This entry was posted on May 5, 2020.
When I was younger one of my favourite authors was Roald Dahl. While he might be better remembered as the author of The BFG or George’s Mavellous Medicine, I was always captivated by his autobiographical tales in Going Solo. The book focusses on his experiences as a Hurricane pilot during the Second World War. Particular attention is given to the RAF campaign in Greece attempting fruitlessly to stop the German invasion and the overwhelmingly stronger Luftwaffe.
Dahl’s squadron was stationed just outside of Athens. Despite his inexperience of flying or fighting aerial combats, the shortage of trained pilots and planes meant that they were regularly sent up on their own to deal with much larger swarms of German planes. He describes in vivid detail the rush of exhilaration and terror that came with these encounters and his lucky escapes.
I returned back to this book as my boys were getting older and realised I was enjoying it just as much as they were. I thought the aerial campaign in Greece could provide a colourful backdrop for a stay at home campaign. I’d picked up some exceptionally good value 1/300 planes from Plastic Soldier Company and had more than enough ME109’s, JU88’s and Hurricanes to create scenarios for most of the engagements in the book. The pictures here are of planes I painted for the Battle of Britain last year. I’ll need to get the right schemes for Greece instead now. With a bit of research, I was able to find a bit more about the wider campaign. I’m now considering how best to play it under lockdown - as a solo game, or with an opponent over the internet? Going Solo really might have to be a solo gaming experience!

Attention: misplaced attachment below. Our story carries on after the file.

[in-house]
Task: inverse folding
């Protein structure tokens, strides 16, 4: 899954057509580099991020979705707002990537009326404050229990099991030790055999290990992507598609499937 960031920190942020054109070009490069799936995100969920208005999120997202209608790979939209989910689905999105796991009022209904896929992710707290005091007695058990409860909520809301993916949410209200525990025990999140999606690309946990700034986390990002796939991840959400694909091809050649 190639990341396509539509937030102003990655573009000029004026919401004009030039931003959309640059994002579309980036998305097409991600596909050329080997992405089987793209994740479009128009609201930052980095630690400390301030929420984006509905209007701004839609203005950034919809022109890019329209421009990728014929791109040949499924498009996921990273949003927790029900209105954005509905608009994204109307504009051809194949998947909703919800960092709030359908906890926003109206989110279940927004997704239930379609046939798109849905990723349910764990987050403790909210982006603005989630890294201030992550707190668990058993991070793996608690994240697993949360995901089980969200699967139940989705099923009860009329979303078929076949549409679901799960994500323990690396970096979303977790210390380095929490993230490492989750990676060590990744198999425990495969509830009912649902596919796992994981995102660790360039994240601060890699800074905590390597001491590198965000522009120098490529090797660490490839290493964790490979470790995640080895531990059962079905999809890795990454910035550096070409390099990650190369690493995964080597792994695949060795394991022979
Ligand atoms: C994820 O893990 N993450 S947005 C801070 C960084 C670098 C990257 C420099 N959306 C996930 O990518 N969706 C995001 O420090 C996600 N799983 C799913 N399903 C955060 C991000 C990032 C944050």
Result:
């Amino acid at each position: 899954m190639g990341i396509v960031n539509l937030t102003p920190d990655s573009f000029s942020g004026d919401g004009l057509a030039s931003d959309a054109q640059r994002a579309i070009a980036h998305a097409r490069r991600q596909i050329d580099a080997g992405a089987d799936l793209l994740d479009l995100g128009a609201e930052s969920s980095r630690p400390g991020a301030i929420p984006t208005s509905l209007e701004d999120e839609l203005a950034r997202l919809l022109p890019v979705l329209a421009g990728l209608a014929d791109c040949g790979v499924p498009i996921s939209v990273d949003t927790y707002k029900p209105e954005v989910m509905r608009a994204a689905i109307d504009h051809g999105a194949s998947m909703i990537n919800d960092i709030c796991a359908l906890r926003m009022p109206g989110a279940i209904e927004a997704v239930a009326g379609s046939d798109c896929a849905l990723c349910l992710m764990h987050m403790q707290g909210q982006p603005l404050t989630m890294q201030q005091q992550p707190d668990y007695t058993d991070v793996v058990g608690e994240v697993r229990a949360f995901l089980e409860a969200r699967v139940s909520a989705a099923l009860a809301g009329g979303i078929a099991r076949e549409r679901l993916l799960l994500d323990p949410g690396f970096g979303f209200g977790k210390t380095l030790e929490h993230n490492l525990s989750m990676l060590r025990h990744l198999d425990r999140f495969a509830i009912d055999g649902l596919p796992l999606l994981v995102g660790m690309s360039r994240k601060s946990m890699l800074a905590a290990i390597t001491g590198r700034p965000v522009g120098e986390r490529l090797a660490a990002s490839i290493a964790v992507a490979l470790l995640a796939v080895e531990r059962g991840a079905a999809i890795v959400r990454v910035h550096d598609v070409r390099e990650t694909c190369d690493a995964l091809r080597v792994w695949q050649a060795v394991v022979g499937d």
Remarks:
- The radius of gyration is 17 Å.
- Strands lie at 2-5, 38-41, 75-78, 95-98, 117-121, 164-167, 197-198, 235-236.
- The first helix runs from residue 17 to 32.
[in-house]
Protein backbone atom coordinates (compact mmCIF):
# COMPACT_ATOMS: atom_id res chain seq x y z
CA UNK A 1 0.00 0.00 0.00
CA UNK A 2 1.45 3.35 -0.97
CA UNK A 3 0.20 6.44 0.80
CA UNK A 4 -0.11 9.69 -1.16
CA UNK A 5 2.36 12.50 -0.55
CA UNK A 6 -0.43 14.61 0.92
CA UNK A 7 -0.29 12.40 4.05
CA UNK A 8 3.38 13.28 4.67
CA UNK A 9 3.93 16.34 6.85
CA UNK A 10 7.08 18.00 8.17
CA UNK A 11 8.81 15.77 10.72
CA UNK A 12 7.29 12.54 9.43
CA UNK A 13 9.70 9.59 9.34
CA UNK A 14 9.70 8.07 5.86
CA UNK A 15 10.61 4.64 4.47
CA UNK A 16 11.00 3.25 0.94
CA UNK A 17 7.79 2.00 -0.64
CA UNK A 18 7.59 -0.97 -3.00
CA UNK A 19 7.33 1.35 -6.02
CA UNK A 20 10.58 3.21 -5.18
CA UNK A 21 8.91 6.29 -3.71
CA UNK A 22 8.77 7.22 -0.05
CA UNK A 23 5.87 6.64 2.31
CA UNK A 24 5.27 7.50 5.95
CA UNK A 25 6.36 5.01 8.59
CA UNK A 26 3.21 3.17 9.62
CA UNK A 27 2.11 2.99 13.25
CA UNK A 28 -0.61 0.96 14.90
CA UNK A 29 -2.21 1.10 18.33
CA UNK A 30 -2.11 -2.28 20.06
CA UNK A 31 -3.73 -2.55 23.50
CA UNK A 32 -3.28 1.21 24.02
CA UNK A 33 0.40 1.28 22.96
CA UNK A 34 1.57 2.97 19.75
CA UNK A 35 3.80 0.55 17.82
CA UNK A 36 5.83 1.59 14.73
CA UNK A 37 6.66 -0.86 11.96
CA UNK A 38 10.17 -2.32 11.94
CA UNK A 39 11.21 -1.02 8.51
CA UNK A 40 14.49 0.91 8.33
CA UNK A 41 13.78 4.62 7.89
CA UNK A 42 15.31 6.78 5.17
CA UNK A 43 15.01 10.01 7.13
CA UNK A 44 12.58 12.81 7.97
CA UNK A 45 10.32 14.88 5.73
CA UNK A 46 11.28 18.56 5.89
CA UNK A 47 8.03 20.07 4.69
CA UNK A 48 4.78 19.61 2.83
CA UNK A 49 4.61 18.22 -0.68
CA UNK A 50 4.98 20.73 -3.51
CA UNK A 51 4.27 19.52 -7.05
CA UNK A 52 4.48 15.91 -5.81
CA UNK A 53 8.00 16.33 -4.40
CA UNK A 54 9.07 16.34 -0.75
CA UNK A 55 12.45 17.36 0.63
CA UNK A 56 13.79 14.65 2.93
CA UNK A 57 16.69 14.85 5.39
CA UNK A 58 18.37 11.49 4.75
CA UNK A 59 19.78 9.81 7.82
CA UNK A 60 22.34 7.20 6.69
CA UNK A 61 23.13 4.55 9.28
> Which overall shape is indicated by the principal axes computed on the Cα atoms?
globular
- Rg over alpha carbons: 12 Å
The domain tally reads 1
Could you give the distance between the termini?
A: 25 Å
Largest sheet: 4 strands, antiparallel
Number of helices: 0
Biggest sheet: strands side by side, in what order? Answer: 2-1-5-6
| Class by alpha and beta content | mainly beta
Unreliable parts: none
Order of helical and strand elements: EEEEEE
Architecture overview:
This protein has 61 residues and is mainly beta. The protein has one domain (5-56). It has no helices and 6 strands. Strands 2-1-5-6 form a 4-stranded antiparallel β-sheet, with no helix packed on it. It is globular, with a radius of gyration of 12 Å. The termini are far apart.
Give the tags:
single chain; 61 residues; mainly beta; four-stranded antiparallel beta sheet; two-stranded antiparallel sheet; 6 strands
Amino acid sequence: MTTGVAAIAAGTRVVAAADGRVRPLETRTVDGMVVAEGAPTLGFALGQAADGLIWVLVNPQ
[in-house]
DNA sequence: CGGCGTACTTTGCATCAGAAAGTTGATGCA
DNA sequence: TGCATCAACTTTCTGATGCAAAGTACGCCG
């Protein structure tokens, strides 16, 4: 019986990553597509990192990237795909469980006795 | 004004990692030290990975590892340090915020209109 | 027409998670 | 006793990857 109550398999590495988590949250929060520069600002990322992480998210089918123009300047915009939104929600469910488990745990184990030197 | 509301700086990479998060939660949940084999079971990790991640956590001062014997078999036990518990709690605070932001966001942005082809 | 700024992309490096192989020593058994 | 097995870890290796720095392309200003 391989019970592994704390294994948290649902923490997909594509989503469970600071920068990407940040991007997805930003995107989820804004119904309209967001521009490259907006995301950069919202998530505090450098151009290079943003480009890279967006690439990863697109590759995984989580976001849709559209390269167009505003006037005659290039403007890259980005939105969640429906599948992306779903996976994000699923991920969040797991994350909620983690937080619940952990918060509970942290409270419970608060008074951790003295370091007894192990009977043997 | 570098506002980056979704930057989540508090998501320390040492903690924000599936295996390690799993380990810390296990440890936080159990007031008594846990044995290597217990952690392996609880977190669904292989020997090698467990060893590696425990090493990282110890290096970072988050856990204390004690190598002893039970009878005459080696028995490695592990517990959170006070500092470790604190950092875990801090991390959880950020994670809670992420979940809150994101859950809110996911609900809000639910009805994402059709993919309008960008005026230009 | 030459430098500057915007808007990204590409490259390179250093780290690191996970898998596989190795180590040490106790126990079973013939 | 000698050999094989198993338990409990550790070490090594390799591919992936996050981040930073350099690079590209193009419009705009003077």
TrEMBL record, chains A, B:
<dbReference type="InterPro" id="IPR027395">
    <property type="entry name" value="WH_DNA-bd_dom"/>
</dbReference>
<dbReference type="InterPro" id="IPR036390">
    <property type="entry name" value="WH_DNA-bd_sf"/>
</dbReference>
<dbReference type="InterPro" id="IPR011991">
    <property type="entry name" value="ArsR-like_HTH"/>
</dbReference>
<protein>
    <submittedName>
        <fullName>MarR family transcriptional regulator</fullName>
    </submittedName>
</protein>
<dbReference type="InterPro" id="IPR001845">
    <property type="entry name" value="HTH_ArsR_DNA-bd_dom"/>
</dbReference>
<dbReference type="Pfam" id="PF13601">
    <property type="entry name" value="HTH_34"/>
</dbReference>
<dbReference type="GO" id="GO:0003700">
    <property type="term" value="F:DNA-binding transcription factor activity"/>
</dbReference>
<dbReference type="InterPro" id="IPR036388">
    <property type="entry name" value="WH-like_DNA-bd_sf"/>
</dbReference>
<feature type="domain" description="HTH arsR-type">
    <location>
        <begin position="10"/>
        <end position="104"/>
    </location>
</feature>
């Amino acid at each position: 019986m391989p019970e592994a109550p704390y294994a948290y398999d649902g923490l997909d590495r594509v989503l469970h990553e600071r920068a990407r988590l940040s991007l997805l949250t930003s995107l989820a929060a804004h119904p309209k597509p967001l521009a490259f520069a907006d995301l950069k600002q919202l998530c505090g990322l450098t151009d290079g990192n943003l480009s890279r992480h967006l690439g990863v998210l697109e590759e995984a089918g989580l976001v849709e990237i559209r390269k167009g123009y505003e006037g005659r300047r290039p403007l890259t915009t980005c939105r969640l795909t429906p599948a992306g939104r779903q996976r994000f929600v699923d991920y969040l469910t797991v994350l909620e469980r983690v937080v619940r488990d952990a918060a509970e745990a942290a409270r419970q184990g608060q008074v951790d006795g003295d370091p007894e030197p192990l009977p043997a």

I haven’t quite decided which rules to go for. If I do play it with other players, Check Your Six is probably my ruleset of choice. The hex movement in this should mean playing it digitally will be less ambiguous with movement and shooting than many conventional rulesets. If I’m playing solo then Bag the Hun is probably a better alternative as the card-driven system will create a bit more randomness! This also utilises a hex grid, so could be played remotely with opponents.
From a rules perspective, the biggest challenge is going to be trying to make sure the RAF pilots have some chance of survival against the vastly superior numbers and frankly often far more experienced pilots of the Luftwaffe. I think part of it will come down to some clever scenario design. My first game will involve a number of German bombers attacking a ship in Khalkis Harbour that Dahl will have to try and deter. Simply surviving the campaign will be quite an achievement for some of the RAF pilots I think!